Case study newsletter
January 11, 2012

 
 

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Case study:

Loral Space Focuses on Customer Signals

Profit skyrockets for satellite producer on heightened customer awareness and continuous-improvement strategies.

There's a growing need for fixed communications satellites that orbit 22,000 miles above the equator at a speed of approximately 7,000 miles per hour. New York-based Loral Space & Communication Systems Inc. is one of the major satellite companies satisfying this increased demand driven by consumers' thirst for high-definition television, Internet access and satellite radio.

The company's reported revenues come from its manufacturing unit Space Systems/Loral based in Palo Alto, Calif. Located in the heart of Silicon Valley, Space Systems/Loral isn't as widely known as other high-tech producers in the region. But its ability to bring innovative products to market and meet customer demand is no less remarkable. That's because these geosynchronous orbit satellites face years of testing to ensure they're rugged enough to withstand harsh environments. They also must provide reliable service for multiple decades without maintenance. "We could never come up with a product, like Apple does, in six or eight months," says John Celli, president of Space Systems/Loral.

The long lead times and capital-intensive manufacturing process mean Space Systems/Loral must pay close attention to future market trends and plant-floor efficiency. The company has built its product-development process around continuous collaboration with customers, Celli says. "Over the years we have stayed close to our customers to understand what their vision is for future applications that would support their business," Celli says. "That's how we generate our ideas, either for product development or existing product modification."

Space Systems/Loral builds a satellite for communications to small mobile devices.
 

Space Systems/Loral also has adopted lean manufacturing principles at its Palo Alto facility, including a management operating system that focuses on reducing waste, Celli says. For instance, the plant transitioned to a cellular manufacturing layout that helped reduce travel distances. "We found one important unit that goes into a satellite was traveling in our relatively small facility over two miles before the delivery," Celli says. "That was reduced to a fraction of that number." Productivity improved by 30% because of the continuous-improvement initiatives, Celli estimates.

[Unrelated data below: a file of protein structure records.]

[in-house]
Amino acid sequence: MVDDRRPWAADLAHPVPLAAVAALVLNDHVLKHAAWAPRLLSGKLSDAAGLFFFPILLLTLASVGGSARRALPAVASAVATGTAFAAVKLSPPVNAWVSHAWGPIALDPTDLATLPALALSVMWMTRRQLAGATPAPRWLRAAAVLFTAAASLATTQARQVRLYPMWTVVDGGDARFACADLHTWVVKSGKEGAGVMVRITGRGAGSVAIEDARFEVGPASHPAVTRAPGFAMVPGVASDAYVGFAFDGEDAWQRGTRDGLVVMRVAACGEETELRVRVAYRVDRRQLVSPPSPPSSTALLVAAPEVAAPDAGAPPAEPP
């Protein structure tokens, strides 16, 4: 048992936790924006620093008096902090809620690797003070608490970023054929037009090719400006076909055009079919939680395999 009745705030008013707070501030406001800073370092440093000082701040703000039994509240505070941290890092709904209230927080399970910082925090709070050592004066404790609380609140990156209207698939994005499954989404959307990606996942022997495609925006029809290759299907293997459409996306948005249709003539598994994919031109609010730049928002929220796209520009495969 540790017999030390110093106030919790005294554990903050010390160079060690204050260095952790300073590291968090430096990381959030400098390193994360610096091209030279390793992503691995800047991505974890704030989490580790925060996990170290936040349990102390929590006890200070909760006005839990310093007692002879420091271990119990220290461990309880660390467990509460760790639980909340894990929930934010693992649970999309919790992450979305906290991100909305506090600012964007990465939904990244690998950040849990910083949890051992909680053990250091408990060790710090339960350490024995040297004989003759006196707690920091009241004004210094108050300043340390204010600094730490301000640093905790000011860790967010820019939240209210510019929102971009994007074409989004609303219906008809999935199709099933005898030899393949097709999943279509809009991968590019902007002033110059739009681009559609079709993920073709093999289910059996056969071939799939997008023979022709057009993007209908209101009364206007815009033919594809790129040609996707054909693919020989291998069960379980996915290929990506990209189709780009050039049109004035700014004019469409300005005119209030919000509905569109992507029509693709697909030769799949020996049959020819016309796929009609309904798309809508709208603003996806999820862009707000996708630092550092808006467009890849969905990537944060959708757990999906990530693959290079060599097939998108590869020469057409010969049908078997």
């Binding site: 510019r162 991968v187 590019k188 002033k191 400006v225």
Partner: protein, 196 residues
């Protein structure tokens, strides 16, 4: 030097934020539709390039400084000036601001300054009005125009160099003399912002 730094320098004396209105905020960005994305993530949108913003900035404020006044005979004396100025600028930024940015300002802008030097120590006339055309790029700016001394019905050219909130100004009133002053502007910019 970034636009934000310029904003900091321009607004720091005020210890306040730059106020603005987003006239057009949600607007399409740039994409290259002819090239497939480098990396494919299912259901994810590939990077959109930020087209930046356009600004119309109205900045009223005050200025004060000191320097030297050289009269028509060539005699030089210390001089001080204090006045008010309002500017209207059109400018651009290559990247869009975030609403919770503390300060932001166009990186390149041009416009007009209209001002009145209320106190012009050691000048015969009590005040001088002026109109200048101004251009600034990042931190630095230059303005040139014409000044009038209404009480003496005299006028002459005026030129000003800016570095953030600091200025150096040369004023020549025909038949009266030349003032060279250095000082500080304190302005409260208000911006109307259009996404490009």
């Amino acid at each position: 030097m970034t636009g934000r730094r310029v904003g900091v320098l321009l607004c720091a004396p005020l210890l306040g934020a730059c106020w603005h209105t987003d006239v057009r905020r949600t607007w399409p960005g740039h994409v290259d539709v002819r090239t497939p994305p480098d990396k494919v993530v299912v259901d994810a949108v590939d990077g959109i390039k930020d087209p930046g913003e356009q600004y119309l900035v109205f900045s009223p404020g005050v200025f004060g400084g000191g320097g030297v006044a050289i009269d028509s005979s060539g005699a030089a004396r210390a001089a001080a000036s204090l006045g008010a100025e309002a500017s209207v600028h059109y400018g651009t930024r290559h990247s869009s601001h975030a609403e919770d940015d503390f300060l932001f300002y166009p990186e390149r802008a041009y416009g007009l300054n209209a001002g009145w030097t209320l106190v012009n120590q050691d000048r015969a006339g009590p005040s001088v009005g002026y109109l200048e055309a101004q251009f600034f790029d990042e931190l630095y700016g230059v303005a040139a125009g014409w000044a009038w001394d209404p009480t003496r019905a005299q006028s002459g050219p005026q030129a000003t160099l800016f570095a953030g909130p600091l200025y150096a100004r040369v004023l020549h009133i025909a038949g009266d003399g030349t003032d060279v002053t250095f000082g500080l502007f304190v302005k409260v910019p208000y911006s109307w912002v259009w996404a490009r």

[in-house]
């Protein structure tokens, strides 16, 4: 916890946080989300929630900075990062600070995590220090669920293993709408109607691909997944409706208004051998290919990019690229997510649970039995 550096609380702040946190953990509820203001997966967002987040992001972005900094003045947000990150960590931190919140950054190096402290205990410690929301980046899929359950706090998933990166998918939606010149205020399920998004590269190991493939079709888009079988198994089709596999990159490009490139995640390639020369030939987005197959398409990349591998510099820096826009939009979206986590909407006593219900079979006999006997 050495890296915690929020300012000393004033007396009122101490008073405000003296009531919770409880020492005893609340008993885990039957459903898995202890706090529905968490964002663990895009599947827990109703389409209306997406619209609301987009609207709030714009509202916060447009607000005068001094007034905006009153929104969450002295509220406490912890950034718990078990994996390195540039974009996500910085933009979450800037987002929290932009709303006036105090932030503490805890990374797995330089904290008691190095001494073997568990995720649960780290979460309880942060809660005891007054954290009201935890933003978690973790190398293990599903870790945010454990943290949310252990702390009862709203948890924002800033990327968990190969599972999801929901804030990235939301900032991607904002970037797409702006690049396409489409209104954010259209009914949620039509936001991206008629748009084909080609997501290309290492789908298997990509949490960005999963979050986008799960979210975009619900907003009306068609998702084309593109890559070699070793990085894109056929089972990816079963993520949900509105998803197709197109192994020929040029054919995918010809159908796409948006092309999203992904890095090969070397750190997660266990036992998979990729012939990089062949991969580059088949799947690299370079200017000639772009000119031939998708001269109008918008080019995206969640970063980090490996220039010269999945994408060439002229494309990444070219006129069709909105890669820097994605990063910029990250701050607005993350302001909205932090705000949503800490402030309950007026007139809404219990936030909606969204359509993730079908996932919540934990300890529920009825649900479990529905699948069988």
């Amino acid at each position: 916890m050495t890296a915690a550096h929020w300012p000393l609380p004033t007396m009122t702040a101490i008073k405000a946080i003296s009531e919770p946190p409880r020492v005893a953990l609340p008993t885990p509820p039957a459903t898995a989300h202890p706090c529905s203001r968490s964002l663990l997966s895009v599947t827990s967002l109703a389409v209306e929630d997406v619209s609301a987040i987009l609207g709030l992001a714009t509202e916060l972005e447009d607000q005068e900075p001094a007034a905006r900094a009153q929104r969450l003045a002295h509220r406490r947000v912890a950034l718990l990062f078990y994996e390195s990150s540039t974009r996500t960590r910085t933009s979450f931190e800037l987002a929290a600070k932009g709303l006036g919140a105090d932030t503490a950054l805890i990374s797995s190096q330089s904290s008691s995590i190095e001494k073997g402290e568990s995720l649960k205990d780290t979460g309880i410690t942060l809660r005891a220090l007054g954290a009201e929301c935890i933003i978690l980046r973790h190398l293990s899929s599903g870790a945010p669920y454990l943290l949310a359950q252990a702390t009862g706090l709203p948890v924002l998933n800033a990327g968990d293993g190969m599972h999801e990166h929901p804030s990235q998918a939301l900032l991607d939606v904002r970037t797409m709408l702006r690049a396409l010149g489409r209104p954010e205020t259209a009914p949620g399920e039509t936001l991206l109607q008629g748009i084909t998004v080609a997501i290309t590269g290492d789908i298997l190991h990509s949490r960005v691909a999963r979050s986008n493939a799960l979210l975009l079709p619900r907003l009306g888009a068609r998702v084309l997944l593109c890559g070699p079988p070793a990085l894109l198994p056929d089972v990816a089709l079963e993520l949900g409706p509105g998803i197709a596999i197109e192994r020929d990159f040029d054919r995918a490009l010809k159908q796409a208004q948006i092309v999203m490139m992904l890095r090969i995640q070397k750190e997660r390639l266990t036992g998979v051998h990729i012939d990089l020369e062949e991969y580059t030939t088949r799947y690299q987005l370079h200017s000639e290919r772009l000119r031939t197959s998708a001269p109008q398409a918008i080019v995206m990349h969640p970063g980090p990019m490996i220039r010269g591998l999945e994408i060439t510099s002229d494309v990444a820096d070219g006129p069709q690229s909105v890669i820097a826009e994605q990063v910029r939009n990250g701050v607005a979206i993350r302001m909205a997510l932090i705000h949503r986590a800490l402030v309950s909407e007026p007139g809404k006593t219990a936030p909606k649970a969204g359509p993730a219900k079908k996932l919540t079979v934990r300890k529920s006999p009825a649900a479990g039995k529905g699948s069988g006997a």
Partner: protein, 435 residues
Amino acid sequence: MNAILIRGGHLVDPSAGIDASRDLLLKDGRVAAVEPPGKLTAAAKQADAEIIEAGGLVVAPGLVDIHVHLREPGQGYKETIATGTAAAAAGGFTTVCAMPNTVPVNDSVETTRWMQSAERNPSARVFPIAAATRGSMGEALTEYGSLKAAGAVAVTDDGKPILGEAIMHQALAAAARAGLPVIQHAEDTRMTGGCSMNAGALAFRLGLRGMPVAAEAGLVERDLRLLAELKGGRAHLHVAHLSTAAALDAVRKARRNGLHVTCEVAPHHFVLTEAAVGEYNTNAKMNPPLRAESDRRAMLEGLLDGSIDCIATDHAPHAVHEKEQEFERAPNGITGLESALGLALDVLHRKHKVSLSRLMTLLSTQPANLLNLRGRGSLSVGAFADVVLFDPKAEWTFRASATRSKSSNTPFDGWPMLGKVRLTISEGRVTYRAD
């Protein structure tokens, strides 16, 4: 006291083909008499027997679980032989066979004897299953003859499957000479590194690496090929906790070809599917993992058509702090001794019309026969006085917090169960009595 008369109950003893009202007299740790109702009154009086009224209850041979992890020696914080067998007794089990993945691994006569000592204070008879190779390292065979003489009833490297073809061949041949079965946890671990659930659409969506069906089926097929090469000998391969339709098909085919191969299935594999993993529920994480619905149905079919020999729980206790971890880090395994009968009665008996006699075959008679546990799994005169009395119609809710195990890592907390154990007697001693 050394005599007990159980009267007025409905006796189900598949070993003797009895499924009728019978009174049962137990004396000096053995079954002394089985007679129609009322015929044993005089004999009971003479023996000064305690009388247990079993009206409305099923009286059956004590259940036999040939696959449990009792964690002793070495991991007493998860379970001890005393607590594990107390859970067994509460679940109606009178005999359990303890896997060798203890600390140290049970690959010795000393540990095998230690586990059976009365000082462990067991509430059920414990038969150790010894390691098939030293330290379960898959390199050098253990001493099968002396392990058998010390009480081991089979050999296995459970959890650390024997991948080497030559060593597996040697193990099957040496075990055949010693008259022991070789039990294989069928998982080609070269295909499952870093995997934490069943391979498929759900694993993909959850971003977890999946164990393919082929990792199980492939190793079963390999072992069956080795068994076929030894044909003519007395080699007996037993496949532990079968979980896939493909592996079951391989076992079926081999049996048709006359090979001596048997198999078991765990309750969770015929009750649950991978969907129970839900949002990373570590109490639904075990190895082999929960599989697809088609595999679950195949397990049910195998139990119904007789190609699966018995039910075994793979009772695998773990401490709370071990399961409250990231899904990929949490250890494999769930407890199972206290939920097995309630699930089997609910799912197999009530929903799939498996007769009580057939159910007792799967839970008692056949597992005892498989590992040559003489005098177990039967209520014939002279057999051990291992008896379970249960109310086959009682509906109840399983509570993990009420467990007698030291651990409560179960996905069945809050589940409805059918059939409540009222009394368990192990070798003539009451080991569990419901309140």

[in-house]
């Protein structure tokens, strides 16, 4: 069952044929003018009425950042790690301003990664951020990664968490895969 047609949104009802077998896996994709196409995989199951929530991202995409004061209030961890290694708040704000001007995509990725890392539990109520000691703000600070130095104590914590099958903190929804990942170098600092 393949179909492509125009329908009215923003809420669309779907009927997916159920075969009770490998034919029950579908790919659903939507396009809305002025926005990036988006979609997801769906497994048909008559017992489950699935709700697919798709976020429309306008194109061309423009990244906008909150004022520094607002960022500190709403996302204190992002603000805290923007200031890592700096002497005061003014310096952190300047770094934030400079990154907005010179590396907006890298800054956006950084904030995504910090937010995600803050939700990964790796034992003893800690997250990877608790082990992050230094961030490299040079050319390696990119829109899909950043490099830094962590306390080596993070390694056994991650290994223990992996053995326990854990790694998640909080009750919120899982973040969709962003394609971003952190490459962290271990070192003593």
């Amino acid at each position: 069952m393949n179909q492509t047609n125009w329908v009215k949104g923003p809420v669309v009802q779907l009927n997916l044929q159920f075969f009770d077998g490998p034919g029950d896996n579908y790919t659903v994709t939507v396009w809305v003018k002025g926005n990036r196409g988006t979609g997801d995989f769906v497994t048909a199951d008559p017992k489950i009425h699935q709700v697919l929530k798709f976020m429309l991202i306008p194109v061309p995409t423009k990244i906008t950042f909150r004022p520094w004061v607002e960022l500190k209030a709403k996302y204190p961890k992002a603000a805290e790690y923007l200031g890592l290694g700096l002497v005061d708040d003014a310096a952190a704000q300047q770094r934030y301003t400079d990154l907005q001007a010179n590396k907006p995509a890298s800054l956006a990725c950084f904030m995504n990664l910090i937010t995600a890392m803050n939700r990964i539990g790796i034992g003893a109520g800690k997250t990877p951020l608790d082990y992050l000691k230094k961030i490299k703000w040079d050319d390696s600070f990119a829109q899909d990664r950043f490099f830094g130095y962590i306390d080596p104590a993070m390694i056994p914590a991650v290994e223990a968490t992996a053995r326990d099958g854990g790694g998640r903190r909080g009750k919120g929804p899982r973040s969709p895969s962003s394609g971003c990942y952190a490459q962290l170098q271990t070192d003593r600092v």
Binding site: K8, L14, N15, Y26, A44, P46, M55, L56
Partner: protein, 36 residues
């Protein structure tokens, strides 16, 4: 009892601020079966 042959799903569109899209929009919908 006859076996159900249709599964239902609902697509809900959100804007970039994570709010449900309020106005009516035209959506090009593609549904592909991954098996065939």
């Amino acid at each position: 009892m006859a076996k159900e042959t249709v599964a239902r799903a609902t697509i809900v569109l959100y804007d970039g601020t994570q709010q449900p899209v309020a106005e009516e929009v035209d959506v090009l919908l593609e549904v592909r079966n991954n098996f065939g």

The manufacturing segment's steady growth over the years helped boost the parent company's profit 110% in 2010 to $486.8 million. The parent company achieved a 42% profit margin in 2010, up 19 percentage points from the previous year, including $85.6 million of equity income from its satellite services segment and $308.6 million of income tax benefit.

Loral announced earlier in the year that it would explore the spin-off of Space Systems/Loral into an independent company during the first half of 2012. Canada-based Telesat and another joint venture called XTAR comprise Loral’s satellite services segment and are reported as unconsolidated equity investments because Loral does not control significant operating decisions in the businesses.

The rise of high-definition television has been one of the company's primary growth drivers as high-powered satellites can maximize the amount of high-definition programming that can be broadcast, Celli says. But a lack of high-speed Internet access in rural areas presents another opportunity that the company plans to capitalize on with recent and planned satellite launches.

On Oct. 20, the company launched its ViaSat-1 satellite for ViaSat Corp. to provide broadband satellite service for consumers in the United States. It's the highest-capacity satellite that has ever been launched, Celli says. In 2012 the company also plans to introduce the Hughes Jupiter satellite, which will provide broadband satellite services to consumers throughout North America.

 

 

 

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